Tim Salerno captured this interesting picture this spring of a mature coyote carrying what appears to be the head of a fawn in its mouth. He got the nighttime shot using a trail camera.
Meanwhile, young deer taste better and are often less apt to make it through a severe winter. This region has always been about survival of the fittest — so why harvest only the fittest?
Lastly, I just can’t bite my tongue on the proposed extension of the seasons, most of which benefits bow hunters.
Before I continue, though, I want to make one point absolutely clear — I am an avid bowhunter — I absolutely love the sport and I admire anyone with the patience and dedication to harvest a deer with a bow.
But it seems like every time the state tries to increase opportunities — youth and crossbow hunting immediately come to mind — they first have to appease the bowhunting lobby before it can be enacted.
You can’t tell me that the addition of nearly two weeks to the front end of the bow season in the southern zone, for example, wasn’t an olive branch given to bowhunters because they will have to put up with three days of youth in the woods with firearms.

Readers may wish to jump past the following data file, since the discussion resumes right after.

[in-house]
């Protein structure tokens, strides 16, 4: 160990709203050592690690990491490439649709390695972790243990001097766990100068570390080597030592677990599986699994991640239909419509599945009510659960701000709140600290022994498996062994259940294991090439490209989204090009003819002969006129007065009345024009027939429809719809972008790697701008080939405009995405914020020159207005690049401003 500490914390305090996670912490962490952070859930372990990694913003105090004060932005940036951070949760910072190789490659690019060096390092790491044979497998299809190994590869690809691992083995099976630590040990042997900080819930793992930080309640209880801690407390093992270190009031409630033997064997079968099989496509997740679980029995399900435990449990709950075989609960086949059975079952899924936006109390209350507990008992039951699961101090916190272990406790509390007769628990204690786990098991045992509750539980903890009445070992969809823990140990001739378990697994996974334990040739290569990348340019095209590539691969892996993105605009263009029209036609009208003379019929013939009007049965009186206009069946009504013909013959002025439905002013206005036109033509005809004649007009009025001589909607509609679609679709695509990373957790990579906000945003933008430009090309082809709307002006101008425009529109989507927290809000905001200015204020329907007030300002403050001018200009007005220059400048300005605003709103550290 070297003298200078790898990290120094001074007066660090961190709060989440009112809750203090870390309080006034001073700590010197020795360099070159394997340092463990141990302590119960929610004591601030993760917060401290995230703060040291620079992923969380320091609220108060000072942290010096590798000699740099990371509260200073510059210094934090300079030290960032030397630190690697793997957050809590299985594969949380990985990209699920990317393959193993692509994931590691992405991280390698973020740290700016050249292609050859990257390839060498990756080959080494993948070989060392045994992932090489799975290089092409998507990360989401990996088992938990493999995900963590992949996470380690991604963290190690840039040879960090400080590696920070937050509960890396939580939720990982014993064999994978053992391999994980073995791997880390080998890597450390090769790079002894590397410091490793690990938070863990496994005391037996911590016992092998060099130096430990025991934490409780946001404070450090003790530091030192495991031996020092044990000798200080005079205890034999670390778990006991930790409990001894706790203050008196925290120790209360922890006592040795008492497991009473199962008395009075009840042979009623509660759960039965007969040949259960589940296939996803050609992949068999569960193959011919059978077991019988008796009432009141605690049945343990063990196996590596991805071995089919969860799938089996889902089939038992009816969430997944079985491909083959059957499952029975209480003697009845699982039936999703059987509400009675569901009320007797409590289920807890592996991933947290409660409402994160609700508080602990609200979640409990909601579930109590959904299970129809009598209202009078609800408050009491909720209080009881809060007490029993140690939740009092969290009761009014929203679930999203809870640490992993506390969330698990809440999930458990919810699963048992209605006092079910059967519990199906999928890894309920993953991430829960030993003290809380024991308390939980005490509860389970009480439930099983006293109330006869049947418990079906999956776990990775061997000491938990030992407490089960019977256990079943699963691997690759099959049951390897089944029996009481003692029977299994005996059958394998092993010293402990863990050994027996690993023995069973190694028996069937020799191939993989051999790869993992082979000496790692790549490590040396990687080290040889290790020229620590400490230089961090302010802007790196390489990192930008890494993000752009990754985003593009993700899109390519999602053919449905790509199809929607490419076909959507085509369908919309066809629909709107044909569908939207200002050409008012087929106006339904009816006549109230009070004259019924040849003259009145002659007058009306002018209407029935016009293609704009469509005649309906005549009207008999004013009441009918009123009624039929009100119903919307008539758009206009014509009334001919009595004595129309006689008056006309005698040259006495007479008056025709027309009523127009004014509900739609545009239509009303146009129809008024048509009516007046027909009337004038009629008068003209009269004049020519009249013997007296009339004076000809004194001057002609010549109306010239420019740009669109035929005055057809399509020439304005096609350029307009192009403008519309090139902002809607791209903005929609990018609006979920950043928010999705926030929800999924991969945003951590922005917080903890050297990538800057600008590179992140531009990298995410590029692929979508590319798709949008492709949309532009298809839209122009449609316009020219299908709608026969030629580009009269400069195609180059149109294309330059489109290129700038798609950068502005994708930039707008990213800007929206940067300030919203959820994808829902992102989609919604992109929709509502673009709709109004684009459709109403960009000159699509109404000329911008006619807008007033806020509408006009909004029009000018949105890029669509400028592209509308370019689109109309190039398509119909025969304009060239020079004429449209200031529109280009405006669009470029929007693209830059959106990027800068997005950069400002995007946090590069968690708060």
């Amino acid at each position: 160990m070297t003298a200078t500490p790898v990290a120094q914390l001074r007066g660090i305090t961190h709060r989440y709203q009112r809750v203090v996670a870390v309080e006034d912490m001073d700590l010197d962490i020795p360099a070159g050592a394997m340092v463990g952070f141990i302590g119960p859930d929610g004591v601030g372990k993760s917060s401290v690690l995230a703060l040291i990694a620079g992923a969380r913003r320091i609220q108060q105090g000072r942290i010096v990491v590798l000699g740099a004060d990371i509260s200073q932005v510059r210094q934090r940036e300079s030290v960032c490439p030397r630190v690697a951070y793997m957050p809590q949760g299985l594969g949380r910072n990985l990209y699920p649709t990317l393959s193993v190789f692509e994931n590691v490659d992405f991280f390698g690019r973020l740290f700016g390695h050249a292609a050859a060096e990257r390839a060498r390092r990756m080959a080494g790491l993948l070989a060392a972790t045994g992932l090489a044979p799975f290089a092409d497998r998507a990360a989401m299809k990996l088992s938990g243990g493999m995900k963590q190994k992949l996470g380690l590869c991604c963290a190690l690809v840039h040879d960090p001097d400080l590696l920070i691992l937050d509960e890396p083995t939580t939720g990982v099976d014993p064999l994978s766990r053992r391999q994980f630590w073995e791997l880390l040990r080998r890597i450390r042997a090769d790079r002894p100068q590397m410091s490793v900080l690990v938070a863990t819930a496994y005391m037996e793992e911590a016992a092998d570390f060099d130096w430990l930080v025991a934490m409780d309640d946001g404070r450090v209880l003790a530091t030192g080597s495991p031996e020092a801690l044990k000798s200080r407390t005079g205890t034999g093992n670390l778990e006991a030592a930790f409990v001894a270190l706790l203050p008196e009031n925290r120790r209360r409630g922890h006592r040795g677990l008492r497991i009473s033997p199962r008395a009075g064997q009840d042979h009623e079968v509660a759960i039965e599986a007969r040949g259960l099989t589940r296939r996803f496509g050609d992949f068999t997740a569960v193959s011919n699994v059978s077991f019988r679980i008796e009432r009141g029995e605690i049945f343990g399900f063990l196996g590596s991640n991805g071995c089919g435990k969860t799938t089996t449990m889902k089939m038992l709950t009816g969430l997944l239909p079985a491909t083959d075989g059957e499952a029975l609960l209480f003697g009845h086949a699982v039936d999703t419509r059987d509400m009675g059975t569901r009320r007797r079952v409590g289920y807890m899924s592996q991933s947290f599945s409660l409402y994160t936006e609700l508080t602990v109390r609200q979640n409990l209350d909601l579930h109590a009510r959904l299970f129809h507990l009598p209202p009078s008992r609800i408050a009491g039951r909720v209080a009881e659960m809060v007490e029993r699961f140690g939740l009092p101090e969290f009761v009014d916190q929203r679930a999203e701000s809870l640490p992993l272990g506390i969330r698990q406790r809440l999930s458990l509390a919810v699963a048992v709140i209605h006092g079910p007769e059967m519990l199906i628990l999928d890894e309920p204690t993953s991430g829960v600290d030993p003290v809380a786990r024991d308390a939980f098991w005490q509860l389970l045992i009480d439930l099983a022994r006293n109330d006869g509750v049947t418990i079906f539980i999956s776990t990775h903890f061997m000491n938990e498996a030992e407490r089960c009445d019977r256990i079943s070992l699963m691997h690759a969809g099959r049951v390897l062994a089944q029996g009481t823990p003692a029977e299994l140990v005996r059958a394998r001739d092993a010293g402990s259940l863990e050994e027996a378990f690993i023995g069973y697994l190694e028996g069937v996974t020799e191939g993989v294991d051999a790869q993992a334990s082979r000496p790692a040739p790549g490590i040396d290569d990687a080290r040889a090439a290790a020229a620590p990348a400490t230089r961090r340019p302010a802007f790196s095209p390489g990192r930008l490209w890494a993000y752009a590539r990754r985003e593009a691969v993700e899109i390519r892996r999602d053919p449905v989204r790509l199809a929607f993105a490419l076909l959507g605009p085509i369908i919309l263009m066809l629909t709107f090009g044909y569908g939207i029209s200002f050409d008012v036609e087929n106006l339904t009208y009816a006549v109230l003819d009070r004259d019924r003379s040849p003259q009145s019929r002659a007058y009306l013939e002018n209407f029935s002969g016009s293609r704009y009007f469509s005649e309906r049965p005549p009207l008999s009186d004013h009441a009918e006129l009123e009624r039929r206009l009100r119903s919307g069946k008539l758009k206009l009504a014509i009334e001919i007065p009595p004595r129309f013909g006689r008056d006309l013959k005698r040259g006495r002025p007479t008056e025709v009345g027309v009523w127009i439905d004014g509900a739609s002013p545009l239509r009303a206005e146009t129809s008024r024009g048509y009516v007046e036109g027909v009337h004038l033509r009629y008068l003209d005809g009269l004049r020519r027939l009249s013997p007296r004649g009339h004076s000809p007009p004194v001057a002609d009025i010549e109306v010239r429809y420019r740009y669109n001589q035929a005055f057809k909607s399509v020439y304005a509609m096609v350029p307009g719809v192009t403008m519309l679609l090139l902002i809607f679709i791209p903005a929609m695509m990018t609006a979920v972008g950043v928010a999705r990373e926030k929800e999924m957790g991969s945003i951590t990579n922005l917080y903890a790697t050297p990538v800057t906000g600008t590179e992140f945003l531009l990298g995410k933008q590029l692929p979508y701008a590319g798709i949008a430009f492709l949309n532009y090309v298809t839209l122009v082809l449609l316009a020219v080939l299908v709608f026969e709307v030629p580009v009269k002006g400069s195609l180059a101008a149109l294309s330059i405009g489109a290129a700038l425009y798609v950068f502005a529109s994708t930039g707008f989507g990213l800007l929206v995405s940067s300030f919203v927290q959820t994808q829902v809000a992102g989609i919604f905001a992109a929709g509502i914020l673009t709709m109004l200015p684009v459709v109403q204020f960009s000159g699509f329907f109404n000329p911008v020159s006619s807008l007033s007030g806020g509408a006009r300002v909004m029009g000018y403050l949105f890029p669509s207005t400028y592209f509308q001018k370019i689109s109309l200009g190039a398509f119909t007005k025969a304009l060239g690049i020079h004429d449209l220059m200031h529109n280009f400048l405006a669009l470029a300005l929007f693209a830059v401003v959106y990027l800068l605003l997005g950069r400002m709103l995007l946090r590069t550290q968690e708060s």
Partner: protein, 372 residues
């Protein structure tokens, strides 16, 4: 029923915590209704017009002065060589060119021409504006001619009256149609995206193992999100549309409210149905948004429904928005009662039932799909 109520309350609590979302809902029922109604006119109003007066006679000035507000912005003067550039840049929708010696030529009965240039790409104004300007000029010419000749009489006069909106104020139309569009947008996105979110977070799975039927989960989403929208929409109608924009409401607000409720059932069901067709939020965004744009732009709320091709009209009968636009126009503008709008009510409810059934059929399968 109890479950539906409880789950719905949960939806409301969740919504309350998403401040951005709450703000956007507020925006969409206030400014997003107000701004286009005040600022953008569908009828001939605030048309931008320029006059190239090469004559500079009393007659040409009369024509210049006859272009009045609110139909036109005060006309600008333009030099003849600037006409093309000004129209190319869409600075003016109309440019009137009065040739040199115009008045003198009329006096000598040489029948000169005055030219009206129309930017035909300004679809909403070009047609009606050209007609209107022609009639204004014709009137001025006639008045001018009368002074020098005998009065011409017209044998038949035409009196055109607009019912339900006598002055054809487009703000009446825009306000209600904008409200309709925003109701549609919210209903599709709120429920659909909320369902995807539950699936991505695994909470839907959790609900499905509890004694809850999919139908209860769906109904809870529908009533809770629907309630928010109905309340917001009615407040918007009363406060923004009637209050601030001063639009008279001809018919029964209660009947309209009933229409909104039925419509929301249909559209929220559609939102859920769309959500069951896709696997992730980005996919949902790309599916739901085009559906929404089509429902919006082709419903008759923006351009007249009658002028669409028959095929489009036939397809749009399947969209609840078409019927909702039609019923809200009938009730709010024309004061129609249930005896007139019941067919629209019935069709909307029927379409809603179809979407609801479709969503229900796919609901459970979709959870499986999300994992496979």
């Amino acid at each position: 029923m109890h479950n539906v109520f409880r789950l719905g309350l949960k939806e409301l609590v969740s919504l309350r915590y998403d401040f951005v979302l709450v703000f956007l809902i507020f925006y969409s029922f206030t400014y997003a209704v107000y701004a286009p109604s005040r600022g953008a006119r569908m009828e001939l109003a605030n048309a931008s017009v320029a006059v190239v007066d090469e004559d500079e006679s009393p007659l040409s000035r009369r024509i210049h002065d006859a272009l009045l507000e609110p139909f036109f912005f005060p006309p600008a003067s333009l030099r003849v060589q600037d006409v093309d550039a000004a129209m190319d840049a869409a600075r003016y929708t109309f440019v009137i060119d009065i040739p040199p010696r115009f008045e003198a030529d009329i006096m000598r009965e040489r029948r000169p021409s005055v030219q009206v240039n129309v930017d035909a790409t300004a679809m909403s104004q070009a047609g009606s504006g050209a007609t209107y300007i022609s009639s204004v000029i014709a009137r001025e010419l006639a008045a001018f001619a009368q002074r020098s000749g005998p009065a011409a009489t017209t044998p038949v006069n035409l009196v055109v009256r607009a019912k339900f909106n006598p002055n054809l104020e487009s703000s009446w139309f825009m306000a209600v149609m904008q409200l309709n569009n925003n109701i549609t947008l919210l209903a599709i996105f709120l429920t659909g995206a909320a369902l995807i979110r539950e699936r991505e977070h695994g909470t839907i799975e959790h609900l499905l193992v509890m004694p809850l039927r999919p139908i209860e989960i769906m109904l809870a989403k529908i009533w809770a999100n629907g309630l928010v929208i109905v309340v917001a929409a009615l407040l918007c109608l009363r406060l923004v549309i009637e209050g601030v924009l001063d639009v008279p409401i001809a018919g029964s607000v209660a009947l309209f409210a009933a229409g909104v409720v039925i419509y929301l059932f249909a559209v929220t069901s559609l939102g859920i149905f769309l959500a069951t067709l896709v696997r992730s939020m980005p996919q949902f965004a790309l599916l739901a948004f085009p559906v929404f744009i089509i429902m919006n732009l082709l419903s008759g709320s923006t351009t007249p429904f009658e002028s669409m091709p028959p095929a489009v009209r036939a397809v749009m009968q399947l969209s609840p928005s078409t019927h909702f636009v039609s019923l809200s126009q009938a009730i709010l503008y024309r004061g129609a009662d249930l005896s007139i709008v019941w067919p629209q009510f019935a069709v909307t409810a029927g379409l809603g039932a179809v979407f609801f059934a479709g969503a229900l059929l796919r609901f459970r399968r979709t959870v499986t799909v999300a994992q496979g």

An additional week of bowhunting is also proposed for the northern zone, pushing the last day of regular season to Dec. 9 and the last day of late muzzleloader to Dec. 16. I don’t know about where you hunt, but around my camp the deer are normally in their yards by then, and does are pregnant.
Is a season at that time sound science?
Here’s an idea; change the license year to allow kids in the woods before Oct. 1. Then, why not give them first crack at the forest when the deer are still in their natural patterns.
Wait a minute .... was that a collective gasp of air I just heard from the bowhunter groups?
Better tack on another week of bow or it’ll never fly.
John Gereau is managing editor of Denton Publications, a guide and avid outdoorsman. He can be reached at email@example.com